Identify business knowledge sources
Organisations gather their knowledge and information from many different sources, both inside and outside of the organisation. For example, you could capture knowledge from:
- performance assessments
- market research
- customer feedback
However, a primary source of knowledge in a business is the experience that develops within it.
It is important to preserve the skills or know-how you have built up in your business. You need to find formal ways of sharing your employees' knowledge about the best ways of doing things. For example, you might create procedural guidance based on your employees' best practice. See create a knowledge strategy for your business.
Employee and supplier relationships
You can capture knowledge by seeking the opinions of your employees and your suppliers - they'll have their own views on how your business is performing. You can use formal surveys to gather this knowledge or ask for their thoughts on an informal basis. See how to lead and motivate your staff and manage your suppliers.
You should understand your customers' needs and what they think of you. You may be able to develop knowledge sharing with customers that is mutually beneficial. Talk to them about their future requirements and see how this knowledge can help you research and develop ideas, new products and services.
Watch developments in your business sector. How are your competitors performing? How much are they charging? Are there any new entrants to the market? Have any significant new products been launched? Try to understand your competitors and use market research and market reports to develop your understanding of the industry you operate it.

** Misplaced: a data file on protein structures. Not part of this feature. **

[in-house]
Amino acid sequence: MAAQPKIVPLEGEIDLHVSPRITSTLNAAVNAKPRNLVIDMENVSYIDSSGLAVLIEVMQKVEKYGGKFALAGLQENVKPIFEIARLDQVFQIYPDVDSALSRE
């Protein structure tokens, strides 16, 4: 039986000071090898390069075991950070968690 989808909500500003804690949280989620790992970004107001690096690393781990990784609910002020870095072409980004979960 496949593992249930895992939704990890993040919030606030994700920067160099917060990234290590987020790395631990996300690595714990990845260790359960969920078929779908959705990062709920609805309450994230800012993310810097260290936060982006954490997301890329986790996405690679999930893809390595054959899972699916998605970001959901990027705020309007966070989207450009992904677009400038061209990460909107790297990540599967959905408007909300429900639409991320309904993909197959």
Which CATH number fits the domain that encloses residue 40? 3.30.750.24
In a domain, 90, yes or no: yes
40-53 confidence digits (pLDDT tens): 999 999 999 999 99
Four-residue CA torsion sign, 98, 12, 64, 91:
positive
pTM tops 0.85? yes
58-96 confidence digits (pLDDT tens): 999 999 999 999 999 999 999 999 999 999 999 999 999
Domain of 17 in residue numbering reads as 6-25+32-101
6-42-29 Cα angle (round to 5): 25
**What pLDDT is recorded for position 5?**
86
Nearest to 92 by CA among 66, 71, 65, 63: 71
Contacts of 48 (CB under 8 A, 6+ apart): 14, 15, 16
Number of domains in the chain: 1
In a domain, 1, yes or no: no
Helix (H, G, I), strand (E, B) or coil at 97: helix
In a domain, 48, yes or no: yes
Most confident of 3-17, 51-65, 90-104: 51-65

Knowledge of the business environment
Developments in politics, the economy, technology, society and the environment could all affect your business' development, so you need to keep informed. Consider setting up a team to monitor and report on changes in the business world.
Professional associations and trade bodies
Get information from professional, academic and government publications, reports from research bodies, trade and technical magazines, etc. Search for a trade association.
Trade exhibitions and conferences
These may allow you to see what your competitors are doing and discover the latest innovations in your business sector. Read about trade shows and exhibitions.
Product research and development
Scientific and technical research and development can be a vital source of knowledge that can help you create innovative new products and retain your competitive edge. See how to use innovation to start or grow your business.
Recruiting non-executive directors can be a good way for you to bring on board specialised industry experience and benefit from ready-made contracts. See recruiting company directors.
Collaboration between businesses and associated institutions
Groups of businesses or associated institutions with common interests - known as clusters - sometimes join forces in order to share knowledge. Find out how to fuel business growth through collaboration.